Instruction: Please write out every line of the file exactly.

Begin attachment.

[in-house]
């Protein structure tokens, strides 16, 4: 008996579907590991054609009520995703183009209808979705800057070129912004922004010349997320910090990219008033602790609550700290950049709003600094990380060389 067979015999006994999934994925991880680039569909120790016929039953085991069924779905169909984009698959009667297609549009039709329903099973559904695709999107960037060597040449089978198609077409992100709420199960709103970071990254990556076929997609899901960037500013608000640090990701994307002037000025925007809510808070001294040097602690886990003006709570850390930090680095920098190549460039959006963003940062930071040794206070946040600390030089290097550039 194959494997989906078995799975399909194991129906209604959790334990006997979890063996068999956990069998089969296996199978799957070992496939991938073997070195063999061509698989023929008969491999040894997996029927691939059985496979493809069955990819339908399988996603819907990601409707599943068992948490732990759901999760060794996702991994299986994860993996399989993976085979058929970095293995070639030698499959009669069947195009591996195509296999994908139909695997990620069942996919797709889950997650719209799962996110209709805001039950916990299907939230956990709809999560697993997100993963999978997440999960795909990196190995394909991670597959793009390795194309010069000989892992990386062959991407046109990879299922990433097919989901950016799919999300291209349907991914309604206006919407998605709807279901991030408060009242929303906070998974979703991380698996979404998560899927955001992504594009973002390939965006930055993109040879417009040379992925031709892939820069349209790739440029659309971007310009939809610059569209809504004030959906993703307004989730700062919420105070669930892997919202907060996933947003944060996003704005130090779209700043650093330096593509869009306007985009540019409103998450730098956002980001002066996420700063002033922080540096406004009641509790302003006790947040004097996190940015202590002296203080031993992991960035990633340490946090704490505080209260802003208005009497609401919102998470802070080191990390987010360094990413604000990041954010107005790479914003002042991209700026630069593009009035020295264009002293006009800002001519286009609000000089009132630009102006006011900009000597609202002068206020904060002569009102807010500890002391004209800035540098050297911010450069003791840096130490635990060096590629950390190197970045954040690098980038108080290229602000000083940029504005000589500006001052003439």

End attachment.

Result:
[in-house]
């Protein structure tokens, strides 16, 4: 008996579907590991054609009520995703183009209808979705800057070129912004922004010349997320910090990219008033602790609550700290950049709003600094990380060389 067979015999006994999934994925991880680039569909120790016929039953085991069924779905169909984009698959009667297609549009039709329903099973559904695709999107960037060597040449089978198609077409992100709420199960709103970071990254990556076929997609899901960037500013608000640090990701994307002037000025925007809510808070001294040097602690886990003006709570850390930090680095920098190549460039959006963003940062930071040794206070946040600390030089290097550039 194959494997989906078995799975399909194991129906209604959790334990006997979890063996068999956990069998089969296996199978799957070992496939991938073997070195063999061509698989023929008969491999040894997996029927691939059985496979493809069955990819339908399988996603819907990601409707599943068992948490732990759901999760060794996702991994299986994860993996399989993976085979058929970095293995070639030698499959009669069947195009591996195509296999994908139909695997990620069942996919797709889950997650719209799962996110209709805001039950916990299907939230956990709809999560697993997100993963999978997440999960795909990196190995394909991670597959793009390795194309010069000989892992990386062959991407046109990879299922990433097919989901950016799919999300291209349907991914309604206006919407998605709807279901991030408060009242929303906070998974979703991380698996979404998560899927955001992504594009973002390939965006930055993109040879417009040379992925031709892939820069349209790739440029659309971007310009939809610059569209809504004030959906993703307004989730700062919420105070669930892997919202907060996933947003944060996003704005130090779209700043650093330096593509869009306007985009540019409103998450730098956002980001002066996420700063002033922080540096406004009641509790302003006790947040004097996190940015202590002296203080031993992991960035990633340490946090704490505080209260802003208005009497609401919102998470802070080191990390987010360094990413604000990041954010107005790479914003002042991209700026630069593009009035020295264009002293006009800002001519286009609000000089009132630009102006006011900009000597609202002068206020904060002569009102807010500890002391004209800035540098050297911010450069003791840096130490635990060096590629950390190197970045954040690098980038108080290229602000000083940029504005000589500006001052003439």